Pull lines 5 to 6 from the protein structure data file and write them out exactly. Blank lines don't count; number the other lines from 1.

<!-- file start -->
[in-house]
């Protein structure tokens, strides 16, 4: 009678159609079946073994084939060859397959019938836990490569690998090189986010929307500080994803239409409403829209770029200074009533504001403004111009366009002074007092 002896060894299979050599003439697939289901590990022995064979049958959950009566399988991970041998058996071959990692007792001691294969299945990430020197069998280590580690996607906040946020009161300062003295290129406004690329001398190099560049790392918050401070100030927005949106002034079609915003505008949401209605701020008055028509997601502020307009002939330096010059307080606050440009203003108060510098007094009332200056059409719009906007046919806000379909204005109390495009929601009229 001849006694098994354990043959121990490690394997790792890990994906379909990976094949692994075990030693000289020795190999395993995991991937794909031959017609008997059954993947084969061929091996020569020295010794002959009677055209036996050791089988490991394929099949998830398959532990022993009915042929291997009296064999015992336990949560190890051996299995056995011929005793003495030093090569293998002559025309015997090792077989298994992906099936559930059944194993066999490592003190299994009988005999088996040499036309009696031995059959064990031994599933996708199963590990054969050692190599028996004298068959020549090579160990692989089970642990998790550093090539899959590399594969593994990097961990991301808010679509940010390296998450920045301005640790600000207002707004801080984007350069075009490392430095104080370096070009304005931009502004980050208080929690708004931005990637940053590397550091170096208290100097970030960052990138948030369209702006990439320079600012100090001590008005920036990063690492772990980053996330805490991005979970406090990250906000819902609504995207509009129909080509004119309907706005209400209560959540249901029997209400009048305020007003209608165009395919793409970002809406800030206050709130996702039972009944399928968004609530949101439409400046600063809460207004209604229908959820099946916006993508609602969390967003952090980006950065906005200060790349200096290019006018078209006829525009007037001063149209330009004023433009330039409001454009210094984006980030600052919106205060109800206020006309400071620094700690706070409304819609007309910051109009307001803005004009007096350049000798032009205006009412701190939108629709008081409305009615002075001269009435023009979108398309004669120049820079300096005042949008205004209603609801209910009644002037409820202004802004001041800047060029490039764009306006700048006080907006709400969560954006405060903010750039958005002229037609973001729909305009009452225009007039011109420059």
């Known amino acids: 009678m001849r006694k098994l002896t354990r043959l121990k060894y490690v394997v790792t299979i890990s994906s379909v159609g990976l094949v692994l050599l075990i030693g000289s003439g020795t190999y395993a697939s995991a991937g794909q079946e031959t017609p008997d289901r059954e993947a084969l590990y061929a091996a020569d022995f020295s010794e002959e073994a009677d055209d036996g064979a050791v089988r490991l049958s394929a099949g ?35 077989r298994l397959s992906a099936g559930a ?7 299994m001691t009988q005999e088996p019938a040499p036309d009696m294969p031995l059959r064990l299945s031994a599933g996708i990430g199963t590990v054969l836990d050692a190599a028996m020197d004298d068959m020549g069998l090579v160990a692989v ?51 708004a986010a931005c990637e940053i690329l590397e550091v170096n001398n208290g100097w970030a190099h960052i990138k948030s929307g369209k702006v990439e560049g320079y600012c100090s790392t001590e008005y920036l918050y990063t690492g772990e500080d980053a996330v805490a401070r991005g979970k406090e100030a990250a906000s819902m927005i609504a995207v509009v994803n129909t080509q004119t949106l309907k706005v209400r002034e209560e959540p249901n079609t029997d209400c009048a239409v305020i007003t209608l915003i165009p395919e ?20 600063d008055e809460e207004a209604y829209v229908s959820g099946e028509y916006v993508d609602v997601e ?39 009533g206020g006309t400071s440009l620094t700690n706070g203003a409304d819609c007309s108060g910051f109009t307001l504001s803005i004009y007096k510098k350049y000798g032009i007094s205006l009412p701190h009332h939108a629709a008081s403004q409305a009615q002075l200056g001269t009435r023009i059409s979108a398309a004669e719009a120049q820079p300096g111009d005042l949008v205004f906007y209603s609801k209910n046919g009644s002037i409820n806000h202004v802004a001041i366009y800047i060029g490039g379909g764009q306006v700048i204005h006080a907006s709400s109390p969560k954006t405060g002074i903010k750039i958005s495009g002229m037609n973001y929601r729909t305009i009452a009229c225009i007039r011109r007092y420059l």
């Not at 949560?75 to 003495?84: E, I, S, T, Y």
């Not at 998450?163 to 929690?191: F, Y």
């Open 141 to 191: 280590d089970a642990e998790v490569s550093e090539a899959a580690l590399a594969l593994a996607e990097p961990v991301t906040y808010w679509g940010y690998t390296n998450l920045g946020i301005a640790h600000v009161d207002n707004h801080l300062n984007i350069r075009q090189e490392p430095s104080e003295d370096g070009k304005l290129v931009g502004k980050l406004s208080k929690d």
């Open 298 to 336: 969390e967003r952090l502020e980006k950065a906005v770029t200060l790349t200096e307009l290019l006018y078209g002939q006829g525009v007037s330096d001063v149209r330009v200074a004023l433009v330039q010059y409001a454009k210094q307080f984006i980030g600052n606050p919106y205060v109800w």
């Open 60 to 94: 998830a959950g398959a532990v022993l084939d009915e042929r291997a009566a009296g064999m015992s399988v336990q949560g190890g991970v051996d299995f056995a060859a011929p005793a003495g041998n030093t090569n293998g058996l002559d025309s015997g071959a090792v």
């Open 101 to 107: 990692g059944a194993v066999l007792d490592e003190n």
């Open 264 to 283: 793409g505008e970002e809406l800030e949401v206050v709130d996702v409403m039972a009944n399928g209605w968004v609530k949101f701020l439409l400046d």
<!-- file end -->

């Not at 998450?163 to 929690?191: F, Y």
């Open 141 to 191: 280590d089970a642990e998790v490569s550093e090539a899959a580690l590399a594969l593994a996607e990097p961990v991301t906040y808010w679509g940010y690998t390296n998450l920045g946020i301005a640790h600000v009161d207002n707004h801080l300062n984007i350069r075009q090189e490392p430095s104080e003295d370096g070009k304005l290129v931009g502004k980050l406004s208080k929690d």